Bull Dog Savings Bank
The fascinating appeal that mechanical banks have for the bank collector is largely due to their animated action, ingenious mechanism, and the method whereby the coin is deposited in the bank. Certainly the Bull Dog Savings Bank, No. 29 in our numerical classification, is one of the outstanding mechanical banks from each of the above standpoints.
The bank was patented by Enoch R. Morrison of New York City, Aug. 13, 1878, and manufactured by Ives Blakeslee & Company of Bridgeport, Conn. Its interesting to note the patent papers covering the bank show only the figure of the dog. There is no figure of the man. In his place is a simple clamp-type coin holder. We can assume that the figure of the man was added as an afterthought to make the bank more interesting.
The bank shown is in fine all around condition with no repairs. It was obtained a number of years ago from an antique dealer in Providence, R.I. He in turn had purchased the bank in a home in Westerly, R.I., and it had been in the same family since its original purchase.
The bank is painted very simply in a dark brown type lacquer such as used on the Giant Bank and many of the toy pistols. The front base scroll work and parts of the dog and man are highlighted with gold paint.
The operation of the bank is as follows: It is first necessary to wind the spring mechanism with a key which is inserted in the hole shown in the picture. A coin is then pressed into the clamp holder held by the man. A hidden lever, located at the end of the bank just under the figure of the man, is then pressed. The bull dog immediately springs into the air and snaps his mouth open. As he reaches the coin he snaps his lower jaw closed with the coin inside his mouth and immediately returns to his original position on the base of the bank. The coin meantime goes through the hollow body of the dog and drops into the base of the bank. It is well to note that the dog has large teeth that go over the coin and pull it from the clamp held in the mans hands.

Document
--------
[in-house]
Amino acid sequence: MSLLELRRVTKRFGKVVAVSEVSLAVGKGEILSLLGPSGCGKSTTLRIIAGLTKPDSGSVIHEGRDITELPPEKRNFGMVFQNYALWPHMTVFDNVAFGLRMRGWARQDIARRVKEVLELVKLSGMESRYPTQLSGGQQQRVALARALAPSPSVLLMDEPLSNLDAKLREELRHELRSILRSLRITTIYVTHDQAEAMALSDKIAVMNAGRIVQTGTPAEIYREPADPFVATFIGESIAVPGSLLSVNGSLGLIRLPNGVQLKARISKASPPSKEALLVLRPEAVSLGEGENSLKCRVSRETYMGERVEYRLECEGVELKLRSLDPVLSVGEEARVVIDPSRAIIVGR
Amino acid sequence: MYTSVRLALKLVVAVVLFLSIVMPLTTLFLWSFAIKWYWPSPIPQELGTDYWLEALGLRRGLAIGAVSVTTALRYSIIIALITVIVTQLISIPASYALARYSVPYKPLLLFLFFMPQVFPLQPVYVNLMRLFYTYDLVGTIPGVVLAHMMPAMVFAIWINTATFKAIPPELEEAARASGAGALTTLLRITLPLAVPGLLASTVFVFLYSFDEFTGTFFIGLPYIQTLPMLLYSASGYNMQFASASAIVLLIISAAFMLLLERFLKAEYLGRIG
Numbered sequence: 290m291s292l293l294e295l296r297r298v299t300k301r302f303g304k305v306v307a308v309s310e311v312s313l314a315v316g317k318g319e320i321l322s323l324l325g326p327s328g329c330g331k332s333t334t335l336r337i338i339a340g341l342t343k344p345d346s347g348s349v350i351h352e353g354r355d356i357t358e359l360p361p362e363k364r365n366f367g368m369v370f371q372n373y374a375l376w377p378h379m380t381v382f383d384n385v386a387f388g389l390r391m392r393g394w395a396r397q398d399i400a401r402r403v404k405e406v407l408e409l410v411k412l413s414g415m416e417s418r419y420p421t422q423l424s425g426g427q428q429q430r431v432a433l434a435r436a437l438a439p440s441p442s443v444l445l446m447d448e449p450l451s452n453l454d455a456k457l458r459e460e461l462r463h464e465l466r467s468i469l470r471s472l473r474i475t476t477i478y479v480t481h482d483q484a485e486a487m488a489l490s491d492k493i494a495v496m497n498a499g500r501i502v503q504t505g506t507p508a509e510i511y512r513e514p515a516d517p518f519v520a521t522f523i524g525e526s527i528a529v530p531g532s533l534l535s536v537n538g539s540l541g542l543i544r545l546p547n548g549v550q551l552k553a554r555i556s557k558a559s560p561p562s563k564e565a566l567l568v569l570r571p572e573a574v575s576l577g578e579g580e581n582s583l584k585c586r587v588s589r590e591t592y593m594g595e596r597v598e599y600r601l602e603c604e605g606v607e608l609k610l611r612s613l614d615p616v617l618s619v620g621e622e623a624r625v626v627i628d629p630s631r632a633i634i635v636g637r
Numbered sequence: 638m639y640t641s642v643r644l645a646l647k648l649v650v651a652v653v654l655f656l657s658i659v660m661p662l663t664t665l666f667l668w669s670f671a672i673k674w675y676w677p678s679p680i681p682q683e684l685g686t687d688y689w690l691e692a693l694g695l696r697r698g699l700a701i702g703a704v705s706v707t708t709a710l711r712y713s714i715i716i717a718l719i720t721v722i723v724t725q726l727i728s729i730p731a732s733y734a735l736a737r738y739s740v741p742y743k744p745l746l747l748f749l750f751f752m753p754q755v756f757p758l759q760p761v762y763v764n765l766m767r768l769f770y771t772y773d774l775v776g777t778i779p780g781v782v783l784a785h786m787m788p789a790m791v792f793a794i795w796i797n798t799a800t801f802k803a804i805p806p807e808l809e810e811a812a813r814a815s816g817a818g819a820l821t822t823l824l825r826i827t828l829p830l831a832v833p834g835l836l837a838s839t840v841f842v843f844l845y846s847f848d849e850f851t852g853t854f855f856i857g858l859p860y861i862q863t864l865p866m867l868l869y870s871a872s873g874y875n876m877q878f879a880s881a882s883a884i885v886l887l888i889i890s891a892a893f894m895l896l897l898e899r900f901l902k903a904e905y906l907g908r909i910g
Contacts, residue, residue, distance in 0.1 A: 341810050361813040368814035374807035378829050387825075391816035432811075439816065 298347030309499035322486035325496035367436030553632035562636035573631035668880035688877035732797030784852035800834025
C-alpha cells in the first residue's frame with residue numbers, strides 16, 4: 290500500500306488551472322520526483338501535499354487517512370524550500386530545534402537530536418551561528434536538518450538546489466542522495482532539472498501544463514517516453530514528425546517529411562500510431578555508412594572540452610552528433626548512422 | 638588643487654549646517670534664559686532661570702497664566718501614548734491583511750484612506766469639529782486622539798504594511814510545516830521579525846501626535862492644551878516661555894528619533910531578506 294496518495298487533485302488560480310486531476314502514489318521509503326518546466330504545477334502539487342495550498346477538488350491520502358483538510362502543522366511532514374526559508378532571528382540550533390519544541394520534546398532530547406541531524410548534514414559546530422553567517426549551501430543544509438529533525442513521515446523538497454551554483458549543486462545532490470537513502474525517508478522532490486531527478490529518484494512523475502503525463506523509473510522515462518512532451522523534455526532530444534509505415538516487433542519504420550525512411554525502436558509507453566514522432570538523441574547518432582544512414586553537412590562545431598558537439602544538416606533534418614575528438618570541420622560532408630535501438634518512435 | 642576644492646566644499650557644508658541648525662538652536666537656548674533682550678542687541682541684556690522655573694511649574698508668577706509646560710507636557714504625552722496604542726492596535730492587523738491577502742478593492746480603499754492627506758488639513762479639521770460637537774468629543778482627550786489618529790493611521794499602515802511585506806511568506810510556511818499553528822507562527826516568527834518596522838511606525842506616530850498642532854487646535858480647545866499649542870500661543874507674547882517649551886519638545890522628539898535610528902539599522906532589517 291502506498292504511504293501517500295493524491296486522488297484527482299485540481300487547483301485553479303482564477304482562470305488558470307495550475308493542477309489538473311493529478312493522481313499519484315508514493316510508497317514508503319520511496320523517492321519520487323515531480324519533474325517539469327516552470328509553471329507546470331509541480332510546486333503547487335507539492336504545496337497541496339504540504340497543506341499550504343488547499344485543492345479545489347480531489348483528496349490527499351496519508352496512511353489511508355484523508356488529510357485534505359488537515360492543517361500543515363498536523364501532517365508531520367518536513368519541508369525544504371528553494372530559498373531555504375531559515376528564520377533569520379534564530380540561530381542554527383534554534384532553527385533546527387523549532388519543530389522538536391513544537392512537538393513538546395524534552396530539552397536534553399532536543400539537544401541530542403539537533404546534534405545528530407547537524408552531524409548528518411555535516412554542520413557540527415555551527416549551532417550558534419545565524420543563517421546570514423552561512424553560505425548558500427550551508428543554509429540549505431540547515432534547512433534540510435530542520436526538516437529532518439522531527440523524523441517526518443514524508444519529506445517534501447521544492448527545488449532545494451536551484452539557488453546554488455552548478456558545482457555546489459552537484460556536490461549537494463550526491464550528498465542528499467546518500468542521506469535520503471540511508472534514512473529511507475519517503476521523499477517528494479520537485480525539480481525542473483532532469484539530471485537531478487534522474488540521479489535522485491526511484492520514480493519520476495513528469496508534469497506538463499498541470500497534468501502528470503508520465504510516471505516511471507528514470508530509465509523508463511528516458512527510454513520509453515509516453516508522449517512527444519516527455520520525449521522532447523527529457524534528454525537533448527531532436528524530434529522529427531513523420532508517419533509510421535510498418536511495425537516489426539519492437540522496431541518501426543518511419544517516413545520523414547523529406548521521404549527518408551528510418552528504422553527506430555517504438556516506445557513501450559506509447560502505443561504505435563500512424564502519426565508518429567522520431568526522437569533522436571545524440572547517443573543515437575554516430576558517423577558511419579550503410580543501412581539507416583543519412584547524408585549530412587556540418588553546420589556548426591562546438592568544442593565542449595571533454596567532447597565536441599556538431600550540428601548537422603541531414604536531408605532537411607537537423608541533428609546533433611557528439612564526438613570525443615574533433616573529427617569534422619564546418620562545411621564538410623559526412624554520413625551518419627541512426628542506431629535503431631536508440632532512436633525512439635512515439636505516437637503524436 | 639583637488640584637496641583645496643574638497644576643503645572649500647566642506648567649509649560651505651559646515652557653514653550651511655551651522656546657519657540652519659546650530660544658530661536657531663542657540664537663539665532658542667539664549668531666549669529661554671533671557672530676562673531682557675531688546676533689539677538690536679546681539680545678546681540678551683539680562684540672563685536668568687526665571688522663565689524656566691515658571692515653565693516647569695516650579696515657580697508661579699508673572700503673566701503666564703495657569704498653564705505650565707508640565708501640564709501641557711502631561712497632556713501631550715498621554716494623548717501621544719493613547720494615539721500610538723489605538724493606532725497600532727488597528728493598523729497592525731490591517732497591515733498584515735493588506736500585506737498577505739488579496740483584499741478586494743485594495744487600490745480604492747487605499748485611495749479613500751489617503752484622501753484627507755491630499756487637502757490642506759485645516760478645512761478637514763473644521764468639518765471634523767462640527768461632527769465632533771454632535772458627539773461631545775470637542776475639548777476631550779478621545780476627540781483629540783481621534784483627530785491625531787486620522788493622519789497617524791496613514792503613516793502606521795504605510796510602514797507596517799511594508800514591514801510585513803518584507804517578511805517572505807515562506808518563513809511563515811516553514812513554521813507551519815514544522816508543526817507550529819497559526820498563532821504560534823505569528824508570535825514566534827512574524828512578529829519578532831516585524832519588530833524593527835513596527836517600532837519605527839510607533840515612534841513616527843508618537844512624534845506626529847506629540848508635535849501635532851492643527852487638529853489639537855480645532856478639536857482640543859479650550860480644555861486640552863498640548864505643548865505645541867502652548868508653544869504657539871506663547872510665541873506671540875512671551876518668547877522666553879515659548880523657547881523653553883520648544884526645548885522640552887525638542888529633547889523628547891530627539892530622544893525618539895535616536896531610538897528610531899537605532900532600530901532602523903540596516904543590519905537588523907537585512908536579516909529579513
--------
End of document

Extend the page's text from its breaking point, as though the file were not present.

The Bull Dog Savings Bank was apparently one which attained no great degree of popularity during its period of manufacture. There are two factors involved. One is the fact that it was a very high priced item for a toy in the 1880s. It retailed at $3.50. The other is that its subject theme didnt have much appeal to a parent buying a toy for their child. Apparently it was thought that the ferocious looking dog was biting the man. Actually the man is offering the dog a morsel of food as represented by the coin.
Its well to point out that many of the mechanical banks have clever mechanical action but the coin has no particular connection with the action other than being automatically deposited into the bank. Others have nice action in which the coin plays a part or even represents something other than the coin. An example of this latter type is the Darktown Battery wherein the coin represents a baseball thrown from the pitcher to the catcher. The Girl Skipping Rope is a good example of the former type. It has exceptionally fine action but the coin merely drops into the bank when the starting lever is pressed.
The Bull Dog Savings Bank is a fine addition to any collection and was a favorite of the late Walter P. Chrysler, an avid mechanical Bank Collector.